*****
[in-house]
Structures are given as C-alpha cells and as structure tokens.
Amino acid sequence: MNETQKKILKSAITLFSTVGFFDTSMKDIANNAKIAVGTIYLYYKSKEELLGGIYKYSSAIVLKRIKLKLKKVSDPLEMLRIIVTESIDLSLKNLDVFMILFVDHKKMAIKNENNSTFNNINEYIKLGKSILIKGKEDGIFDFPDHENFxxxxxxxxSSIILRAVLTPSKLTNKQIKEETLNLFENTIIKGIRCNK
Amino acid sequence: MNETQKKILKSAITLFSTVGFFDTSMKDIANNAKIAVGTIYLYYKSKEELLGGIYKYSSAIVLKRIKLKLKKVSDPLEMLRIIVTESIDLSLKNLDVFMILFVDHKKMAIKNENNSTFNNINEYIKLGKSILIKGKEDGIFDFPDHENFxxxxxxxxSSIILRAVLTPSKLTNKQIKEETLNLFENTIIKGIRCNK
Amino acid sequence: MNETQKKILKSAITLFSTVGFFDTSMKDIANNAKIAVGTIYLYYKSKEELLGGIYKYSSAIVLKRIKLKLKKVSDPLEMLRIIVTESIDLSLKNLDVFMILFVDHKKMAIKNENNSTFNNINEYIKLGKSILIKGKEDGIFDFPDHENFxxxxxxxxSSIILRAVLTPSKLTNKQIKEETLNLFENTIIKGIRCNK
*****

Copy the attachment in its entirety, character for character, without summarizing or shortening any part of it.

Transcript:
[in-house]
Structures are given as C-alpha cells and as structure tokens.
Amino acid sequence: MNETQKKILKSAITLFSTVGFFDTSMKDIANNAKIAVGTIYLYYKSKEELLGGIYKYSSAIVLKRIKLKLKKVSDPLEMLRIIVTESIDLSLKNLDVFMILFVDHKKMAIKNENNSTFNNINEYIKLGKSILIKGKEDGIFDFPDHENFxxxxxxxxSSIILRAVLTPSKLTNKQIKEETLNLFENTIIKGIRCNK
Amino acid sequence: MNETQKKILKSAITLFSTVGFFDTSMKDIANNAKIAVGTIYLYYKSKEELLGGIYKYSSAIVLKRIKLKLKKVSDPLEMLRIIVTESIDLSLKNLDVFMILFVDHKKMAIKNENNSTFNNINEYIKLGKSILIKGKEDGIFDFPDHENFxxxxxxxxSSIILRAVLTPSKLTNKQIKEETLNLFENTIIKGIRCNK
Amino acid sequence: MNETQKKILKSAITLFSTVGFFDTSMKDIANNAKIAVGTIYLYYKSKEELLGGIYKYSSAIVLKRIKLKLKKVSDPLEMLRIIVTESIDLSLKNLDVFMILFVDHKKMAIKNENNSTFNNINEYIKLGKSILIKGKEDGIFDFPDHENFxxxxxxxxSSIILRAVLTPSKLTNKQIKEETLNLFENTIIKGIRCNK